I am too young to remember the television series (I sometimes lament the fact that I didn't grow up in the 1960s), but I have long been looking forward to the film adaptation of The Man from U.N.C.L.E.  I had a chance to see it last night and it is fantastic!  During the height of the Cold War, an Italian crime family led by Victoria Vinciguero (Elizabeth Debicki) has enlisted (coerced?) the services of a German scientist to create a nuclear weapon.  Both the United States and the Soviet Union want to prevent this from happening (and possibly steal the technology for their own use) so they join forces and send CIA agent Napoleon Solo (Henry Cavill) and KGB agent Illya Kuryakin (Armie Hammer) to Rome to stop them.  Their only lead is the scientist's daughter Gaby Teller (Alicia Vikander), whom they rescue from East Berlin, but she may or may not be all that she appears.  Can the two enemy agents cooperate long enough to save the world from destruction?  Guy Ritchie is known for very stylized action scenes with pulse-pounding music underneath them and this film certainly delivers.  It is just so much fun to watch and I particularly enjoyed the car chase through East Berlin.  Hammer is not my favorite actor (Don't even get me started on The Lone Ranger!) but he is great in this role.  The chemistry between Hammer and Cavill is one of the highlights of the film.  Their quick and witty back-and-forth banter (another hallmark of a Guy Ritchie film) is hilarious and I loved it whenever they tried to one up each other with their spycraft and gadgets.  This is not one of Vikander's best performances (see here and here) but it hardly matters because she wears fabulous clothes and accessories (the sunglasses!) and has a few great stunts.  Speaking of clothes and accessories, I loved the 1960s aesthetic of the film: suave, stylish, and super cool.  It is well worth the price of admission just to see Henry Cavill cavort in, shall we say, some very well-tailored suits!  Even though the story is a familiar one, I thought it was wildly entertaining and, given the many allusions to the backstories of all of the characters and the montage of their dossiers in the end credits, I predict a sequel (although there is no end of credits scene).  Go see it!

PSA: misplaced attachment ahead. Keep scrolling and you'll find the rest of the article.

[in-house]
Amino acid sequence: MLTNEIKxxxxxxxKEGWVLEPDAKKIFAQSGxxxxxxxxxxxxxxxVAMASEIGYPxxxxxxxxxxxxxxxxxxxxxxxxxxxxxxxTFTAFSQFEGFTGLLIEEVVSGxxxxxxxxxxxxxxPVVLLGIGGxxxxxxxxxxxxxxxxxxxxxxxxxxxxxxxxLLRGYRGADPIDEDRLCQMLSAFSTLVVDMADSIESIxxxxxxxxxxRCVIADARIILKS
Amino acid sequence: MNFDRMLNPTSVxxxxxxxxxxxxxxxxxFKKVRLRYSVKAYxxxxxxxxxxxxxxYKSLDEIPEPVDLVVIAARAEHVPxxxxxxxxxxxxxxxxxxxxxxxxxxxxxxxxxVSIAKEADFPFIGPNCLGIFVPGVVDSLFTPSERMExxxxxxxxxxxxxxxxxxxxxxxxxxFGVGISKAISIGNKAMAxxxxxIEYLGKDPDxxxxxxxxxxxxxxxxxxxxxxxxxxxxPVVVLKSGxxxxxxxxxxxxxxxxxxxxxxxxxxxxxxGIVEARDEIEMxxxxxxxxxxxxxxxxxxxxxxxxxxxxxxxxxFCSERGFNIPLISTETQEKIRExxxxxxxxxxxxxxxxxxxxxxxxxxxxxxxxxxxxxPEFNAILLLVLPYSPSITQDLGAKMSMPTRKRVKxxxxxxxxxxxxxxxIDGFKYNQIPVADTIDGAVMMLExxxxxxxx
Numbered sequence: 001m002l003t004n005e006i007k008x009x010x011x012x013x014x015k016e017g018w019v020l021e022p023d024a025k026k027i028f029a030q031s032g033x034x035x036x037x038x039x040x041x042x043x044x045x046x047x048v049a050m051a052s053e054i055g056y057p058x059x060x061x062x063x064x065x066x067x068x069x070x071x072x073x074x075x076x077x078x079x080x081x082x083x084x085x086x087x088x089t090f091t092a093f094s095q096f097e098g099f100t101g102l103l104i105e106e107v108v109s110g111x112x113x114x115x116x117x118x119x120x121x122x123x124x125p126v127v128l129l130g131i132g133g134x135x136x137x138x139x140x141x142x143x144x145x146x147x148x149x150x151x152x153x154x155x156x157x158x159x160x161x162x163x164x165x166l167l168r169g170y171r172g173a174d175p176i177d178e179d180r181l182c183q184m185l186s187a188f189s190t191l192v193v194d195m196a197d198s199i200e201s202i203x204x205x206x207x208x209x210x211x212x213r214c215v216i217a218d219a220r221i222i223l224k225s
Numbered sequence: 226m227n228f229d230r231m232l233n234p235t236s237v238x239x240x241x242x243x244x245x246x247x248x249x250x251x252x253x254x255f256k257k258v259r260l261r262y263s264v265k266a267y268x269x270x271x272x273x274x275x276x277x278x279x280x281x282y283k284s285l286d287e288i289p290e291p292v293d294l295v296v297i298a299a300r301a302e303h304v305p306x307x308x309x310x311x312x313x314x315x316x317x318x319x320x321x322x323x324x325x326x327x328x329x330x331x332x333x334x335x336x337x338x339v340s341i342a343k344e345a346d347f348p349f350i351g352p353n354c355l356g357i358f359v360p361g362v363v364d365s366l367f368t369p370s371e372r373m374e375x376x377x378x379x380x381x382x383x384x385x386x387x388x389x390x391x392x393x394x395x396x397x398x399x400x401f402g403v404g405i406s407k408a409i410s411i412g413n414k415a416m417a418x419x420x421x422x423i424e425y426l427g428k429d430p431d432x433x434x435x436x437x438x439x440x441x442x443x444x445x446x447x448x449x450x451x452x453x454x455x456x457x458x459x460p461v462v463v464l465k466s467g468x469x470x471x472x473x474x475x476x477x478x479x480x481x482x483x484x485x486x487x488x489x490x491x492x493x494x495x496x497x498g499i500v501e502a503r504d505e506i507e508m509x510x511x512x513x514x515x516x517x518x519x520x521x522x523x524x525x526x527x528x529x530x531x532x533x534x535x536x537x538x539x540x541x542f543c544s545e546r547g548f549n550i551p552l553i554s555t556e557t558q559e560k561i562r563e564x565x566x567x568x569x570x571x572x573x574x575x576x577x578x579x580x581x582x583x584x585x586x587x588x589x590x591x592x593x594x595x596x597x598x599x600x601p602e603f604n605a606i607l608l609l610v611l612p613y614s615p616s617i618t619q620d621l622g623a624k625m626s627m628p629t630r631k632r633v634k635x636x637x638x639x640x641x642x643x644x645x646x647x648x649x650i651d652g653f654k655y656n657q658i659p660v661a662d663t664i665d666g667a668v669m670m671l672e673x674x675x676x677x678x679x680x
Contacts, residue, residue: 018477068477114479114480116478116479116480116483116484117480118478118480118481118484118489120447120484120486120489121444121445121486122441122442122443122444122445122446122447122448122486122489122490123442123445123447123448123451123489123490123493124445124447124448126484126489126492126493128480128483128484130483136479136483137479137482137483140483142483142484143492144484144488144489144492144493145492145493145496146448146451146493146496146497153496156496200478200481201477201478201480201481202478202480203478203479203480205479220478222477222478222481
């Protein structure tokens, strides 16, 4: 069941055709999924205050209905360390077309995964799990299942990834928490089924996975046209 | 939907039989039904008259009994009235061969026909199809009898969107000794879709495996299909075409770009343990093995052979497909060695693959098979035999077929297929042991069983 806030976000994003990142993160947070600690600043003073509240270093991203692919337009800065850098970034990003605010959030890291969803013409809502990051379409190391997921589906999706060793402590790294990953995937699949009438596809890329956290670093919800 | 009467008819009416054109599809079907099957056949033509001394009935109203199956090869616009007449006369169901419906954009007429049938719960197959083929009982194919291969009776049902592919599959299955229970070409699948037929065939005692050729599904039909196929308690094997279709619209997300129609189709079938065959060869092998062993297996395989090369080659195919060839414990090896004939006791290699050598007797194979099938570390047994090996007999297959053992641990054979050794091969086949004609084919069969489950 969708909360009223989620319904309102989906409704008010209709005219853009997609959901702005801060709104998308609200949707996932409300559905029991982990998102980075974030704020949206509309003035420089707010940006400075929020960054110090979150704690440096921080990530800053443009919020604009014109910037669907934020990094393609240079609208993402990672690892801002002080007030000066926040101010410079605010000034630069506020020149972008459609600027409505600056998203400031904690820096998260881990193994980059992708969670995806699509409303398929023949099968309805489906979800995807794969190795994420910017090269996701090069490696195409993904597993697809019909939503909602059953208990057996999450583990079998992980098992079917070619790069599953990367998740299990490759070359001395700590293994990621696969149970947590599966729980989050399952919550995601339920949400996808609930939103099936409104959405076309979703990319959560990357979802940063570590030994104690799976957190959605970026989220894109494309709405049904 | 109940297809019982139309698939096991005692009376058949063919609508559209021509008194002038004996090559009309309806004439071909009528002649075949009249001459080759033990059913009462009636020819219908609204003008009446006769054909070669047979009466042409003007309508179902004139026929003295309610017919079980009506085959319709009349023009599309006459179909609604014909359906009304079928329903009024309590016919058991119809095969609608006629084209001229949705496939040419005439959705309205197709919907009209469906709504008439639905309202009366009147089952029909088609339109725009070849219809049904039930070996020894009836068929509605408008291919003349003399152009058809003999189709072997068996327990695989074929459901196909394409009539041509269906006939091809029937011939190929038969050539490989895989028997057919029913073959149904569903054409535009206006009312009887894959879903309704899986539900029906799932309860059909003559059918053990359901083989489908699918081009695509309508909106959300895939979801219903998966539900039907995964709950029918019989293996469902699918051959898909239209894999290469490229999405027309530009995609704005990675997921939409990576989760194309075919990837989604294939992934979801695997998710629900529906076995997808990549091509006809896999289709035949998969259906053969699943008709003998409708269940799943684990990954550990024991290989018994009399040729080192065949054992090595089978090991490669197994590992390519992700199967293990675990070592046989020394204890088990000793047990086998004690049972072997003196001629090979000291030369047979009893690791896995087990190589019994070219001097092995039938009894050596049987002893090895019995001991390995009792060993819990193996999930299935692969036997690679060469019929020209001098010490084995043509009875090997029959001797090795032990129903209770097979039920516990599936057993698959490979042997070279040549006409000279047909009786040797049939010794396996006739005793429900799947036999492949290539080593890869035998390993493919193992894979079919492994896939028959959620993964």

Note:  It is worth mentioning that I am a huge fan of spy movies (I read too many Le Carre, Forsyth, and Ludlum novels in high school) so it is not surprising that I would enjoy The Man from U.N.C.L.E.  I loved the recent Mission: Impossible - Rogue Nation and I cannot wait for the latest Bond installment, Spectre, in the fall.

Friday, August 14, 2015

Time for Three With the Utah Symphony